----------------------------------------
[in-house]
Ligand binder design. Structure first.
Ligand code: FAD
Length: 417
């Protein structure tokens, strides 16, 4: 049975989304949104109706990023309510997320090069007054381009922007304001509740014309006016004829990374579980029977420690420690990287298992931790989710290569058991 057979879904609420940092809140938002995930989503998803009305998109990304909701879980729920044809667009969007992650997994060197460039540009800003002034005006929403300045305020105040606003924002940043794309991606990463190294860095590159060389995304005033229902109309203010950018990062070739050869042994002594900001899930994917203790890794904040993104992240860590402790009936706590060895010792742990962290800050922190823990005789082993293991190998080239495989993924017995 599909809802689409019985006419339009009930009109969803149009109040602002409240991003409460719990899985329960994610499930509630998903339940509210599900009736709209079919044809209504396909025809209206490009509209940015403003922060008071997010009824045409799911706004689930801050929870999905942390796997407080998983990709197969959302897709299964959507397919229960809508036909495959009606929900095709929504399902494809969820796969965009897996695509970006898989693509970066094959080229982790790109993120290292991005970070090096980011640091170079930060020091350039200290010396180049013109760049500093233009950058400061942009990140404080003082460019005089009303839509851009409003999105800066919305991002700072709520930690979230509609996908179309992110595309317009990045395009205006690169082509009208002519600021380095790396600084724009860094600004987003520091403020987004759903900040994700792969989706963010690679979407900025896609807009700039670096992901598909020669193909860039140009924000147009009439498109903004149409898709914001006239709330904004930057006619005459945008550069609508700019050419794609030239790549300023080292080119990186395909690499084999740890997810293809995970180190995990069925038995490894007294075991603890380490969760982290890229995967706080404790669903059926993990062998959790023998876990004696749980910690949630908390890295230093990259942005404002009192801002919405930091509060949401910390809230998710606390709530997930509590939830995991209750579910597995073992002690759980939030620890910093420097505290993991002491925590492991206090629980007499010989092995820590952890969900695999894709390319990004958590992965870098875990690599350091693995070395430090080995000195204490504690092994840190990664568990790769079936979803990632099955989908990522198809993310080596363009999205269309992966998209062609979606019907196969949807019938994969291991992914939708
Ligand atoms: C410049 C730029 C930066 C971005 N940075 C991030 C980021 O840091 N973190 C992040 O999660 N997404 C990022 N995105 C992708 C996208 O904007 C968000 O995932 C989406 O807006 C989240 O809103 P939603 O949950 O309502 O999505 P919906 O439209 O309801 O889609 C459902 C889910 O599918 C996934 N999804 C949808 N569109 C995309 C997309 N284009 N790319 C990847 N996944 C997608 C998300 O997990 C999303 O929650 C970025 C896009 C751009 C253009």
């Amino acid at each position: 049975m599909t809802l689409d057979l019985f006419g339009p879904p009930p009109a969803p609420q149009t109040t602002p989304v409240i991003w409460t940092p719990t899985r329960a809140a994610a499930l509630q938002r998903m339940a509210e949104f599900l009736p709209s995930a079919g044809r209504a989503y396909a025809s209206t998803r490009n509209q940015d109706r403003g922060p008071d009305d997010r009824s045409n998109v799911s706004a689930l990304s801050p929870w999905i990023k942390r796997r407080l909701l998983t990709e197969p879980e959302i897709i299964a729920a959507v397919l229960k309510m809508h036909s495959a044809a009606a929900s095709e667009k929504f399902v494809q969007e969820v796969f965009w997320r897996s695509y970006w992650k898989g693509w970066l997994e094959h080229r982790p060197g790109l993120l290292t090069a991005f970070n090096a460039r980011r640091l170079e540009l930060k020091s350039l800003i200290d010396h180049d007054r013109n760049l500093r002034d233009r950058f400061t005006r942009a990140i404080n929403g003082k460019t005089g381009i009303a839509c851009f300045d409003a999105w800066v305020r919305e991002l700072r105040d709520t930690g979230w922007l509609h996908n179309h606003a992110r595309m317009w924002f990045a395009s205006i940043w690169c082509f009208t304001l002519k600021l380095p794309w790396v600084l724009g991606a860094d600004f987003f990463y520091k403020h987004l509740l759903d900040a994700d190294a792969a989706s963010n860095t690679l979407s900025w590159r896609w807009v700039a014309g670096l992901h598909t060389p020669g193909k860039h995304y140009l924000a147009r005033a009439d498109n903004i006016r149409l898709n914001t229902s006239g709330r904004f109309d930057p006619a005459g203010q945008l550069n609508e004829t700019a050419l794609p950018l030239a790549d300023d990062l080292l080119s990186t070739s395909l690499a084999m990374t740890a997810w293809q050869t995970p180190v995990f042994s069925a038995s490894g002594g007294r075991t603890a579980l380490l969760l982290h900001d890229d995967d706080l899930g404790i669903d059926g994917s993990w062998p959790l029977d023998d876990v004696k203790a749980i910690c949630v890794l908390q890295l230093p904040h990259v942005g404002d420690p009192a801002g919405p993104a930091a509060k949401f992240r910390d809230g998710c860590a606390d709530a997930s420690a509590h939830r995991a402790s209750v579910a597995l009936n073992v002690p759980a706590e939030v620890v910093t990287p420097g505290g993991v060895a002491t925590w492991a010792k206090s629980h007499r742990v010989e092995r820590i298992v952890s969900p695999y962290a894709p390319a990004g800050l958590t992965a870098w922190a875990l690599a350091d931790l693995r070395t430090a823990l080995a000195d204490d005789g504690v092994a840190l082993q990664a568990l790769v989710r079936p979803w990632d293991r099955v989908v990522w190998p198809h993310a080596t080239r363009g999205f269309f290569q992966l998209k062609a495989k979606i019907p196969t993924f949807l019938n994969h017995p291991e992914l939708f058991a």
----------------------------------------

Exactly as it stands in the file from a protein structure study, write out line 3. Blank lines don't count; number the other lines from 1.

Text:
Ligand code: FAD